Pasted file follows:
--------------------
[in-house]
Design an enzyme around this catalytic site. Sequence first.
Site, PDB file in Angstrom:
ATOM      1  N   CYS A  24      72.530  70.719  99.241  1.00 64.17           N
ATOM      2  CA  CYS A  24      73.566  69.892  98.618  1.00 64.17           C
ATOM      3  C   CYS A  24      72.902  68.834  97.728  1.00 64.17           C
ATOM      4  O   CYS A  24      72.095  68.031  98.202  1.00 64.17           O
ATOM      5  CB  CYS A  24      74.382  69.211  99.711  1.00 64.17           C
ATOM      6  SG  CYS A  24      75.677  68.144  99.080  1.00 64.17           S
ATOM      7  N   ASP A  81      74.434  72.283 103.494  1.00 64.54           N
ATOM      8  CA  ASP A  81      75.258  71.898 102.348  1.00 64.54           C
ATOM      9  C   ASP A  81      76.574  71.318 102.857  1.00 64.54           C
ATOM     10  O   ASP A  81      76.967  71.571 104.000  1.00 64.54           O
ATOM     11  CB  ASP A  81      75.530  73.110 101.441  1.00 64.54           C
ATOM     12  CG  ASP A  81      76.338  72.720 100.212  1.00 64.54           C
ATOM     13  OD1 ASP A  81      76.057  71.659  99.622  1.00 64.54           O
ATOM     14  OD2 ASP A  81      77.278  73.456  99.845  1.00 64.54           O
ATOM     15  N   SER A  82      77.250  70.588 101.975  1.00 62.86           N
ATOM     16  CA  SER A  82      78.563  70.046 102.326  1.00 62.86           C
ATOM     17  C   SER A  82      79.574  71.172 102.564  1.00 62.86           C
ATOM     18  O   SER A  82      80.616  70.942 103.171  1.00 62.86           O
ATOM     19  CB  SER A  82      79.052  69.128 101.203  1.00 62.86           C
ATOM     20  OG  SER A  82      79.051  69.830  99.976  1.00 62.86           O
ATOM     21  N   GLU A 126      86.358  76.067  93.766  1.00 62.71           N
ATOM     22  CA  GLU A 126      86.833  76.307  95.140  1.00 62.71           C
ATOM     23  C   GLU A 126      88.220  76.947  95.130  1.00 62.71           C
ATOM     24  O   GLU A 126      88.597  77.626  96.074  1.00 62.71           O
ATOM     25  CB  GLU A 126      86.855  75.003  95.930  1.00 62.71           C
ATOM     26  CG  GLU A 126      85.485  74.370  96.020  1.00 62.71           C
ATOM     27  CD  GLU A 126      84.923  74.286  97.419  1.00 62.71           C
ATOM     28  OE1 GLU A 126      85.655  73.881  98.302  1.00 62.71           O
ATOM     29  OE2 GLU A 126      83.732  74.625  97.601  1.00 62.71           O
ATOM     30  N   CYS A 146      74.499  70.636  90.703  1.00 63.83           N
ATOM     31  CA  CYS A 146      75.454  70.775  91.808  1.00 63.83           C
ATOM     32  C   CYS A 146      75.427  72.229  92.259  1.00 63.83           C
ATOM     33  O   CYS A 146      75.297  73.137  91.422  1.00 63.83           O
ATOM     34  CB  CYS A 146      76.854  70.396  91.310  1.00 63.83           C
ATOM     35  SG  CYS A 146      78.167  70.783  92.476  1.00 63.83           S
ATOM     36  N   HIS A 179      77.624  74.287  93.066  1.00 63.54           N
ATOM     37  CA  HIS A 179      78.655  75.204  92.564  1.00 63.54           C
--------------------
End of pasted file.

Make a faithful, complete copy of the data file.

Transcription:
[in-house]
Design an enzyme around this catalytic site. Sequence first.
Site, PDB file in Angstrom:
ATOM      1  N   CYS A  24      72.530  70.719  99.241  1.00 64.17           N
ATOM      2  CA  CYS A  24      73.566  69.892  98.618  1.00 64.17           C
ATOM      3  C   CYS A  24      72.902  68.834  97.728  1.00 64.17           C
ATOM      4  O   CYS A  24      72.095  68.031  98.202  1.00 64.17           O
ATOM      5  CB  CYS A  24      74.382  69.211  99.711  1.00 64.17           C
ATOM      6  SG  CYS A  24      75.677  68.144  99.080  1.00 64.17           S
ATOM      7  N   ASP A  81      74.434  72.283 103.494  1.00 64.54           N
ATOM      8  CA  ASP A  81      75.258  71.898 102.348  1.00 64.54           C
ATOM      9  C   ASP A  81      76.574  71.318 102.857  1.00 64.54           C
ATOM     10  O   ASP A  81      76.967  71.571 104.000  1.00 64.54           O
ATOM     11  CB  ASP A  81      75.530  73.110 101.441  1.00 64.54           C
ATOM     12  CG  ASP A  81      76.338  72.720 100.212  1.00 64.54           C
ATOM     13  OD1 ASP A  81      76.057  71.659  99.622  1.00 64.54           O
ATOM     14  OD2 ASP A  81      77.278  73.456  99.845  1.00 64.54           O
ATOM     15  N   SER A  82      77.250  70.588 101.975  1.00 62.86           N
ATOM     16  CA  SER A  82      78.563  70.046 102.326  1.00 62.86           C
ATOM     17  C   SER A  82      79.574  71.172 102.564  1.00 62.86           C
ATOM     18  O   SER A  82      80.616  70.942 103.171  1.00 62.86           O
ATOM     19  CB  SER A  82      79.052  69.128 101.203  1.00 62.86           C
ATOM     20  OG  SER A  82      79.051  69.830  99.976  1.00 62.86           O
ATOM     21  N   GLU A 126      86.358  76.067  93.766  1.00 62.71           N
ATOM     22  CA  GLU A 126      86.833  76.307  95.140  1.00 62.71           C
ATOM     23  C   GLU A 126      88.220  76.947  95.130  1.00 62.71           C
ATOM     24  O   GLU A 126      88.597  77.626  96.074  1.00 62.71           O
ATOM     25  CB  GLU A 126      86.855  75.003  95.930  1.00 62.71           C
ATOM     26  CG  GLU A 126      85.485  74.370  96.020  1.00 62.71           C
ATOM     27  CD  GLU A 126      84.923  74.286  97.419  1.00 62.71           C
ATOM     28  OE1 GLU A 126      85.655  73.881  98.302  1.00 62.71           O
ATOM     29  OE2 GLU A 126      83.732  74.625  97.601  1.00 62.71           O
ATOM     30  N   CYS A 146      74.499  70.636  90.703  1.00 63.83           N
ATOM     31  CA  CYS A 146      75.454  70.775  91.808  1.00 63.83           C
ATOM     32  C   CYS A 146      75.427  72.229  92.259  1.00 63.83           C
ATOM     33  O   CYS A 146      75.297  73.137  91.422  1.00 63.83           O
ATOM     34  CB  CYS A 146      76.854  70.396  91.310  1.00 63.83           C
ATOM     35  SG  CYS A 146      78.167  70.783  92.476  1.00 63.83           S
ATOM     36  N   HIS A 179      77.624  74.287  93.066  1.00 63.54           N
ATOM     37  CA  HIS A 179      78.655  75.204  92.564  1.00 63.54           C